An adjunct UCLA engineering professor was convicted of illegally exporting computer chips with military applications to China, according to court records obtained Thursday.
Yi-Chi Shih, 63, a part-time Los Angeles resident, was convicted Wednesday following a three-week trial in Los Angeles federal court. The jury is expected to rule next week on the government’s forfeiture request of more than $750,000, according to court records.
Prosecutors said Shih and co-defendant Kiet Ahn Mai — who previously worked together at two different companies — conspired to provide Shih with unauthorized access to a protected computer of a U.S. company that manufactured specialized, high-speed computer chips known as monolithic microwave integrated circuits.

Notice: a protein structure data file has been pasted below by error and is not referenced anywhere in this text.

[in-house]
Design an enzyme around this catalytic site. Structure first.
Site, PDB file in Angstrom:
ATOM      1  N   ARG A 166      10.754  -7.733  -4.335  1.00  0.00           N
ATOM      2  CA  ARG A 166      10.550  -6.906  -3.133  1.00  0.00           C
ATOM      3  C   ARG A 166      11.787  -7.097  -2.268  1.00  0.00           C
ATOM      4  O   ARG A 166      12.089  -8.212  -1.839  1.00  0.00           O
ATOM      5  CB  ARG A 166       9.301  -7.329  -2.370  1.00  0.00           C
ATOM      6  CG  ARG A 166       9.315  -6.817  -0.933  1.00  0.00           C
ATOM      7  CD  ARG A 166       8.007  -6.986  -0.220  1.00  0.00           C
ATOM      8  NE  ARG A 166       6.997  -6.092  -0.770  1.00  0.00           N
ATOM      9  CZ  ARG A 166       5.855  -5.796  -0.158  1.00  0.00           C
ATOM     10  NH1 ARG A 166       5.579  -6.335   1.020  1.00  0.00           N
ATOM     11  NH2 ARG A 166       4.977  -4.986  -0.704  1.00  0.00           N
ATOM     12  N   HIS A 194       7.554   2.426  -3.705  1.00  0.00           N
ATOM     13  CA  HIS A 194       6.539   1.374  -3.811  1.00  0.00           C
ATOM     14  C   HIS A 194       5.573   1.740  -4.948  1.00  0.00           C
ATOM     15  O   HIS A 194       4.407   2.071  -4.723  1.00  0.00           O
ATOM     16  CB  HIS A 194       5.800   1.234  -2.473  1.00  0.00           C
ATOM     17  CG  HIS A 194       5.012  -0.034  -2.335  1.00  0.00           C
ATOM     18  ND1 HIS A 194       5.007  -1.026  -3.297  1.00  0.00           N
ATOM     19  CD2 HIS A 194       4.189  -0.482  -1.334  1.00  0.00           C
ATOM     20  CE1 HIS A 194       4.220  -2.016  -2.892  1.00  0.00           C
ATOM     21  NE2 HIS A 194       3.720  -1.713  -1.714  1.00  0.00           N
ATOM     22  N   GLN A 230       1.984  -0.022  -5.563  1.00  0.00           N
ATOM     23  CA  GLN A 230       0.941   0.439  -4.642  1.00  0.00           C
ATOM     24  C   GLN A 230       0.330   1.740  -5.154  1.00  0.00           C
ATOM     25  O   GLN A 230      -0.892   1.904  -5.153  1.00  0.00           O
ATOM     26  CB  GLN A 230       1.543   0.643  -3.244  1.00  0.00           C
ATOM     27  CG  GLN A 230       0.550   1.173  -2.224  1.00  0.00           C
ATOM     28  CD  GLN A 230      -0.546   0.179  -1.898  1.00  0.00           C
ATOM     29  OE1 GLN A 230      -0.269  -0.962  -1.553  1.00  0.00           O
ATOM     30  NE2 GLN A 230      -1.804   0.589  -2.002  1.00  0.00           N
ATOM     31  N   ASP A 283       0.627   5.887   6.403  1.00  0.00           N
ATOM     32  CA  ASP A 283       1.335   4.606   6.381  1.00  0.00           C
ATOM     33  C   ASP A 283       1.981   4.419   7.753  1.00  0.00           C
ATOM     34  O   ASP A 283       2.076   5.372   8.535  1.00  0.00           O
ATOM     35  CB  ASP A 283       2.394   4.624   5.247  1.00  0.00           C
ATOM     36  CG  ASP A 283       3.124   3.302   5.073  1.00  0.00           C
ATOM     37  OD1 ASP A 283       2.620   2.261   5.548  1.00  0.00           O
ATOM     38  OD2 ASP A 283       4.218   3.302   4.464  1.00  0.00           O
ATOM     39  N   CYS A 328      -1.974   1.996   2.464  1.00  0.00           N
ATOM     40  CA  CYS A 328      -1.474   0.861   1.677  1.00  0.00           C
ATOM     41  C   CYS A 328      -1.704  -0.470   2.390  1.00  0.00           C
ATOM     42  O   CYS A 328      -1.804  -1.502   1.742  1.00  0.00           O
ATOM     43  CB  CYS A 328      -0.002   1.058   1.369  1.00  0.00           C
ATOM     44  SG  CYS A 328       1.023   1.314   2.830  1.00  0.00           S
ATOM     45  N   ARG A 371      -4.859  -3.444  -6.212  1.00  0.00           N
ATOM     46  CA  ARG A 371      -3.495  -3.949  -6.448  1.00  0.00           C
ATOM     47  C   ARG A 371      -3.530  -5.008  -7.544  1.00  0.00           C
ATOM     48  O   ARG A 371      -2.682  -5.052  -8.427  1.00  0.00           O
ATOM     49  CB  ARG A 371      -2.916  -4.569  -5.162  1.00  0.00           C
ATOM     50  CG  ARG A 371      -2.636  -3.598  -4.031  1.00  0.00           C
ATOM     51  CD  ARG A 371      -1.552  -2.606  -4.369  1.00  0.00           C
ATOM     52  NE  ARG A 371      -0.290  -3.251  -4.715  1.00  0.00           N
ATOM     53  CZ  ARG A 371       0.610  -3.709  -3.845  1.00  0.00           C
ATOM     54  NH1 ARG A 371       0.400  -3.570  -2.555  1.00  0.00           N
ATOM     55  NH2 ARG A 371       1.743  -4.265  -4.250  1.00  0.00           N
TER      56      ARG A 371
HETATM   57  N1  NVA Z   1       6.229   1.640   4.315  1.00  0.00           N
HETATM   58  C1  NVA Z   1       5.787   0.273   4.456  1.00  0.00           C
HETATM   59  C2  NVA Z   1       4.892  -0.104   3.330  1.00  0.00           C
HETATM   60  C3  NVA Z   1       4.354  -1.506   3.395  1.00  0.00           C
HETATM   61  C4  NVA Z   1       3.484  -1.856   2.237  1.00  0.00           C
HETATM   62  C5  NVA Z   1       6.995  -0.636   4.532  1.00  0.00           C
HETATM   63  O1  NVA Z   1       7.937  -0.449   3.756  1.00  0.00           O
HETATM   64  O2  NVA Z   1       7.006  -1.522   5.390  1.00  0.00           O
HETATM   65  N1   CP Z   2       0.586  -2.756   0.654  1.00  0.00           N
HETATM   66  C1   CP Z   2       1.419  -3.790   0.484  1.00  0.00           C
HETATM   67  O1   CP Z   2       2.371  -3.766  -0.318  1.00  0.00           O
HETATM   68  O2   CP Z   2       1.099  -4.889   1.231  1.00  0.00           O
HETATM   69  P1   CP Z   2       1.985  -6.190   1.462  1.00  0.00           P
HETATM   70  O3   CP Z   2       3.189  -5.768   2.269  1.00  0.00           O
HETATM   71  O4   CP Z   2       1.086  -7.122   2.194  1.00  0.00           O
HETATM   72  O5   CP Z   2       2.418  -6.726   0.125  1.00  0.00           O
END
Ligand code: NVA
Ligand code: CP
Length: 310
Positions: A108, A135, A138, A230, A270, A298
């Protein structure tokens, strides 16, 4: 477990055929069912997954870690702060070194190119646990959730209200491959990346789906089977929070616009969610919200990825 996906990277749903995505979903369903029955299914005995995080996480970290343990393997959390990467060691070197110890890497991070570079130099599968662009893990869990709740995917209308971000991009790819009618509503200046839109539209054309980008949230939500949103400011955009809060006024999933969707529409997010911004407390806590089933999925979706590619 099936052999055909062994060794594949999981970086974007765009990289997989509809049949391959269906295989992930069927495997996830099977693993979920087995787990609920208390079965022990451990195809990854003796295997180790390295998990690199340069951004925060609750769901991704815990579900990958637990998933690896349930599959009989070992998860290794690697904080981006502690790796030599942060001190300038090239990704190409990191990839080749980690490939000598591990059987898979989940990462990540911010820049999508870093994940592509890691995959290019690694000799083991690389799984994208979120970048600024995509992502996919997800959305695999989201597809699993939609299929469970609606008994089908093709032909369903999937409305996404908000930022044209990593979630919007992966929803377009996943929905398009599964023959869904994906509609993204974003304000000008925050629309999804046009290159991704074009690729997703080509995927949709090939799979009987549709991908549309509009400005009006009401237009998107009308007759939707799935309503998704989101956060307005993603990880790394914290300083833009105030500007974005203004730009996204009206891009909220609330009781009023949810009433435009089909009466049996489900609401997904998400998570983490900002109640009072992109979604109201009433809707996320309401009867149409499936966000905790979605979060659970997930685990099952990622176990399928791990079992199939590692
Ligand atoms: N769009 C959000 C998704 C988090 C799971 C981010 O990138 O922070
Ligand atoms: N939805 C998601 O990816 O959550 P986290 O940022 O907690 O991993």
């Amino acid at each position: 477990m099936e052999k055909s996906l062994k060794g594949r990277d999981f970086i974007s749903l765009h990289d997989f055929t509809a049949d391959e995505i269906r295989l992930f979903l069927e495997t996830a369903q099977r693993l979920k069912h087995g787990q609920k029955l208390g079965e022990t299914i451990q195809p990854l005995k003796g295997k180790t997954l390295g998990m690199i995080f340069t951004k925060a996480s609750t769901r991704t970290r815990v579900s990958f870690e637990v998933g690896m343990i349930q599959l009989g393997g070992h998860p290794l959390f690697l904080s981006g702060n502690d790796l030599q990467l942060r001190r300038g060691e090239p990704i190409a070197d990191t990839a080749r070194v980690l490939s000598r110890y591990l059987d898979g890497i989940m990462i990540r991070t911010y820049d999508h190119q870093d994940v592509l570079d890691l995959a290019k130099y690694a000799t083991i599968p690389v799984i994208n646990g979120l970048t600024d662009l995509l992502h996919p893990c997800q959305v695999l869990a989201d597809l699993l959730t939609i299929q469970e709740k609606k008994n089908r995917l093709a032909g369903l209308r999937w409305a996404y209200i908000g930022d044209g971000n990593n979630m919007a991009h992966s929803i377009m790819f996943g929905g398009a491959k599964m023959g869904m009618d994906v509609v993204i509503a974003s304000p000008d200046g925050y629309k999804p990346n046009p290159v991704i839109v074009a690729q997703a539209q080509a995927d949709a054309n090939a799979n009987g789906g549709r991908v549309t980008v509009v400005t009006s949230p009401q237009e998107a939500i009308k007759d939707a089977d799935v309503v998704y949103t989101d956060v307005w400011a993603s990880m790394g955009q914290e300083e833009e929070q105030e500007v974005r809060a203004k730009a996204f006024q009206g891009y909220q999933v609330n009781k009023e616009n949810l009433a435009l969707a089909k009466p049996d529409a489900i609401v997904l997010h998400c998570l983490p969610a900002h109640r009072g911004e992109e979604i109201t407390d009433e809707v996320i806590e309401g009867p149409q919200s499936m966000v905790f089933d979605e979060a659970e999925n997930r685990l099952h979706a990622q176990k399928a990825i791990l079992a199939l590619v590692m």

The defendants concealed Shih’s intent to transfer the company’s technology and products to the People’s Republic of China, according to the U.S. Department of Justice.
The proprietary semiconductor technology at issue has a number of commercial and military applications, and the company’s customers include the Air Force, Navy and the Defense Advanced Research Projects Agency, prosecutors said. Such microwave integrated circuits are used in electronic warfare, electronic warfare countermeasures and radar applications, according to the DOJ.
Mai, 64, of Pasadena, pleaded guilty to a federal smuggling charge and is scheduled for sentencing in downtown Los Angeles in September.